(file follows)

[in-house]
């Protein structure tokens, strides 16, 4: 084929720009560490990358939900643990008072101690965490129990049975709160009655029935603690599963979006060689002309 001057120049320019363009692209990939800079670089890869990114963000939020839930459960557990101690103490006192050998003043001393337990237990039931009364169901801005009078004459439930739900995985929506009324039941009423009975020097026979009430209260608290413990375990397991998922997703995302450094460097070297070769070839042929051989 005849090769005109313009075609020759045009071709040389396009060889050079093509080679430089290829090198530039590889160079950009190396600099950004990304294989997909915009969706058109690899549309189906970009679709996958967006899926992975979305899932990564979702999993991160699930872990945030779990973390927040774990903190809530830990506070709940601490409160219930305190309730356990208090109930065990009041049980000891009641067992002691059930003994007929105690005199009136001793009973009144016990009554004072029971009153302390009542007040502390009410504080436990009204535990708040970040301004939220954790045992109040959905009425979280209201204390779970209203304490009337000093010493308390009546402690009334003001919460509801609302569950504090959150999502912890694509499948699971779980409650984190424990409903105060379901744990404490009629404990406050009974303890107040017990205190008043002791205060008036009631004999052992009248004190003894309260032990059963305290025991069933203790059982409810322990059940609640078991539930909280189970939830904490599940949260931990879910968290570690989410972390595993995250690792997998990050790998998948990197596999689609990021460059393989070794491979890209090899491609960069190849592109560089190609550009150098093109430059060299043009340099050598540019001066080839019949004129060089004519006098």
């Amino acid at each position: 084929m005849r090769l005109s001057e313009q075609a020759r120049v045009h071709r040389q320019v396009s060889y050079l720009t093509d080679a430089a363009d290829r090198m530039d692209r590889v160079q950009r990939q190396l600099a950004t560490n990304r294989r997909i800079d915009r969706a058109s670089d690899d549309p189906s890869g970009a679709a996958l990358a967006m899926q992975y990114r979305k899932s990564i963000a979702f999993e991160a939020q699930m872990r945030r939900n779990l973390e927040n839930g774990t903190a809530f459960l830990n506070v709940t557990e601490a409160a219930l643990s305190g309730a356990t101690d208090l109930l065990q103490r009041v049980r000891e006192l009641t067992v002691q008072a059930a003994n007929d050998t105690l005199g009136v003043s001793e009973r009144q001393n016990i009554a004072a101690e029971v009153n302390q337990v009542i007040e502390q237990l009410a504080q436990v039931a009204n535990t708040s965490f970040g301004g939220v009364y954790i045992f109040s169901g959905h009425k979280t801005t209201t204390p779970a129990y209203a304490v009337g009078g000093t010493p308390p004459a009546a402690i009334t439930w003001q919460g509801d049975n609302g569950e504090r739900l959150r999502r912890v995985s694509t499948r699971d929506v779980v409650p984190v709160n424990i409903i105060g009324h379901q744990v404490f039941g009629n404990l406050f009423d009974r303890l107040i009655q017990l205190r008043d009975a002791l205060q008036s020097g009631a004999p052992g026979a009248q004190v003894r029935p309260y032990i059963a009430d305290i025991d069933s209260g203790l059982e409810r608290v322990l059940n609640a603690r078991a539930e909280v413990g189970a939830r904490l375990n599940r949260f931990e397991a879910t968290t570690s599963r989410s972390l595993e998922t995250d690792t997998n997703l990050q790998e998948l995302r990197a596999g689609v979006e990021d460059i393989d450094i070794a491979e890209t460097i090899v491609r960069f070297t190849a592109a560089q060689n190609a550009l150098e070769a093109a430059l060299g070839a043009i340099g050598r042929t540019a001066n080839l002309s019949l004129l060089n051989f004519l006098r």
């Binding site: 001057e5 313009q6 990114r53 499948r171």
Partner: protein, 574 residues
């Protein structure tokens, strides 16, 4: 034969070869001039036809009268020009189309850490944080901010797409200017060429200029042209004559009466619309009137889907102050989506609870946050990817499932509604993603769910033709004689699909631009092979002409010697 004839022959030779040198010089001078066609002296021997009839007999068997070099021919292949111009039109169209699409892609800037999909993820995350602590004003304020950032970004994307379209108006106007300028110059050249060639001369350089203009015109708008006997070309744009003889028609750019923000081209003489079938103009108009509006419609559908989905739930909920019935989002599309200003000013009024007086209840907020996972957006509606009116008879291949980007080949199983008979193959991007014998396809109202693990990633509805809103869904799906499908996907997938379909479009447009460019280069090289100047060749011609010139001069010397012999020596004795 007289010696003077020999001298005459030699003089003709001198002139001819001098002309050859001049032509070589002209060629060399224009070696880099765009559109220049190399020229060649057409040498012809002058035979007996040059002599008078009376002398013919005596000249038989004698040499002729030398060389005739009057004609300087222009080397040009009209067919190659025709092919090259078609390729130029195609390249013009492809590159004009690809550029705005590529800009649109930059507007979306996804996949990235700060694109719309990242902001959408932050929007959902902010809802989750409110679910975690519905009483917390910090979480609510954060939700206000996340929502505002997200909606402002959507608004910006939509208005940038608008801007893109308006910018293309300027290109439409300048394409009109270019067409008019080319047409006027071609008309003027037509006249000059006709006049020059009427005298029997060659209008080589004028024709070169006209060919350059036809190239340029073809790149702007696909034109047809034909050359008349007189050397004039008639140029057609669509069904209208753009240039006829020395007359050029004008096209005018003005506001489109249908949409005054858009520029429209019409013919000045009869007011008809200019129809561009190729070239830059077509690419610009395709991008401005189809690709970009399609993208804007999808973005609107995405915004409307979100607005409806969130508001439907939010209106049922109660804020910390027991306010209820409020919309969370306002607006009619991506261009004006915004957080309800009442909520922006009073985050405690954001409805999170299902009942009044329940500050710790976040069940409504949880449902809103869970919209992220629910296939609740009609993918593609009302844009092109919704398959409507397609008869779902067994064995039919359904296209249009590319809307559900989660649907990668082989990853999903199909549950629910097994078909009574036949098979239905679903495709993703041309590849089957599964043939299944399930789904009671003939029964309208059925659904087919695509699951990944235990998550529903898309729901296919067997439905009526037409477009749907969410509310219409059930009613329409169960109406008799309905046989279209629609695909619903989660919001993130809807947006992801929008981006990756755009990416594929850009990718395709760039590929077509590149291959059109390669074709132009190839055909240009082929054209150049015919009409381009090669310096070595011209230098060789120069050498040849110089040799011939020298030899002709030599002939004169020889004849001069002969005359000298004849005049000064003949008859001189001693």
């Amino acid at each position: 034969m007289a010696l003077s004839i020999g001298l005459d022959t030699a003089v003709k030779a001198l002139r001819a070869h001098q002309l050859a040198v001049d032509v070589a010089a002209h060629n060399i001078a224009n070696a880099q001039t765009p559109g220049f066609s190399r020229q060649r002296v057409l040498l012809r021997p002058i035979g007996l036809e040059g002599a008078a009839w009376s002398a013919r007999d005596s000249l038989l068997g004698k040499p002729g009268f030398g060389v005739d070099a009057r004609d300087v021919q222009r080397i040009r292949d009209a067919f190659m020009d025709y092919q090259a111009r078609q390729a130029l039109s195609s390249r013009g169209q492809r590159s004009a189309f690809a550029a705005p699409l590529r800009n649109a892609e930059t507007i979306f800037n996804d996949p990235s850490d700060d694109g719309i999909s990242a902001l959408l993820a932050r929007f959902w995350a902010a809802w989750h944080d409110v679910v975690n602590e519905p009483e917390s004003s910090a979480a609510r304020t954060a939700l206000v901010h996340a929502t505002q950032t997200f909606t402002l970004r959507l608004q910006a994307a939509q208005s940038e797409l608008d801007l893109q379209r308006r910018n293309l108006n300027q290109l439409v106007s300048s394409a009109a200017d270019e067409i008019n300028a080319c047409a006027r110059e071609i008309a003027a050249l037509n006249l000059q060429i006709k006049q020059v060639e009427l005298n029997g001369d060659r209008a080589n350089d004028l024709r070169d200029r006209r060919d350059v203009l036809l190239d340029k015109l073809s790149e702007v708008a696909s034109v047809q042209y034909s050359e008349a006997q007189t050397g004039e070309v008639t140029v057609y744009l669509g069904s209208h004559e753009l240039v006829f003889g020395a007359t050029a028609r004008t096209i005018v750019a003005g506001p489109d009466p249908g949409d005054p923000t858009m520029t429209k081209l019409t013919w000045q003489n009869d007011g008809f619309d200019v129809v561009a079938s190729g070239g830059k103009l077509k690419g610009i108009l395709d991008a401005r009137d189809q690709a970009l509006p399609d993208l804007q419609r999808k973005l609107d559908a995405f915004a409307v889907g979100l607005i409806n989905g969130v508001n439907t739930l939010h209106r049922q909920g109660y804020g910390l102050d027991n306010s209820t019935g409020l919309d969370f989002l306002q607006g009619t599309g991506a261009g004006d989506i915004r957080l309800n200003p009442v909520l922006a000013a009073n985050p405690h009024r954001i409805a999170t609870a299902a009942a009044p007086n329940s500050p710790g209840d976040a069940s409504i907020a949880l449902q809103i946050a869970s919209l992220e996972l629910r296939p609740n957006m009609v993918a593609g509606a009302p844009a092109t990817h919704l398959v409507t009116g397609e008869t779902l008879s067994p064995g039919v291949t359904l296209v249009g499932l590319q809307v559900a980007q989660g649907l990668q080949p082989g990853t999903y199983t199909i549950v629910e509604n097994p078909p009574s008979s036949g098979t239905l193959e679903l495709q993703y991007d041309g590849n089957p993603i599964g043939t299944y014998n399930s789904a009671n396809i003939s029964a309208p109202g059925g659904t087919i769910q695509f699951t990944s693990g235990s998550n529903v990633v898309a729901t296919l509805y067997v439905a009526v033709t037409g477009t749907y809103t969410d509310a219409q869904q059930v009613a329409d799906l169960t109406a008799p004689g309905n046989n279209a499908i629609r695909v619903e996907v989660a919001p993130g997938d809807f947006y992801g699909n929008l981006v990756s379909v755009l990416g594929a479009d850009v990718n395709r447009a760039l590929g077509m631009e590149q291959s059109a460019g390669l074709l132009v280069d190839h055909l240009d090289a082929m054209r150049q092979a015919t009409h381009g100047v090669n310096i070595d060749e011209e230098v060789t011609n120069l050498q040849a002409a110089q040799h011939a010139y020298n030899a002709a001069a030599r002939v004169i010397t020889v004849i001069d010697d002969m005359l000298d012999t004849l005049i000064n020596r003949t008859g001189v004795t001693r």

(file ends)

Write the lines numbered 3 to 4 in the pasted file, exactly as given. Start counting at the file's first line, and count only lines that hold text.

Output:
């Amino acid at each position: 084929m005849r090769l005109s001057e313009q075609a020759r120049v045009h071709r040389q320019v396009s060889y050079l720009t093509d080679a430089a363009d290829r090198m530039d692209r590889v160079q950009r990939q190396l600099a950004t560490n990304r294989r997909i800079d915009r969706a058109s670089d690899d549309p189906s890869g970009a679709a996958l990358a967006m899926q992975y990114r979305k899932s990564i963000a979702f999993e991160a939020q699930m872990r945030r939900n779990l973390e927040n839930g774990t903190a809530f459960l830990n506070v709940t557990e601490a409160a219930l643990s305190g309730a356990t101690d208090l109930l065990q103490r009041v049980r000891e006192l009641t067992v002691q008072a059930a003994n007929d050998t105690l005199g009136v003043s001793e009973r009144q001393n016990i009554a004072a101690e029971v009153n302390q337990v009542i007040e502390q237990l009410a504080q436990v039931a009204n535990t708040s965490f970040g301004g939220v009364y954790i045992f109040s169901g959905h009425k979280t801005t209201t204390p779970a129990y209203a304490v009337g009078g000093t010493p308390p004459a009546a402690i009334t439930w003001q919460g509801d049975n609302g569950e504090r739900l959150r999502r912890v995985s694509t499948r699971d929506v779980v409650p984190v709160n424990i409903i105060g009324h379901q744990v404490f039941g009629n404990l406050f009423d009974r303890l107040i009655q017990l205190r008043d009975a002791l205060q008036s020097g009631a004999p052992g026979a009248q004190v003894r029935p309260y032990i059963a009430d305290i025991d069933s209260g203790l059982e409810r608290v322990l059940n609640a603690r078991a539930e909280v413990g189970a939830r904490l375990n599940r949260f931990e397991a879910t968290t570690s599963r989410s972390l595993e998922t995250d690792t997998n997703l990050q790998e998948l995302r990197a596999g689609v979006e990021d460059i393989d450094i070794a491979e890209t460097i090899v491609r960069f070297t190849a592109a560089q060689n190609a550009l150098e070769a093109a430059l060299g070839a043009i340099g050598r042929t540019a001066n080839l002309s019949l004129l060089n051989f004519l006098r």
């Binding site: 001057e5 313009q6 990114r53 499948r171």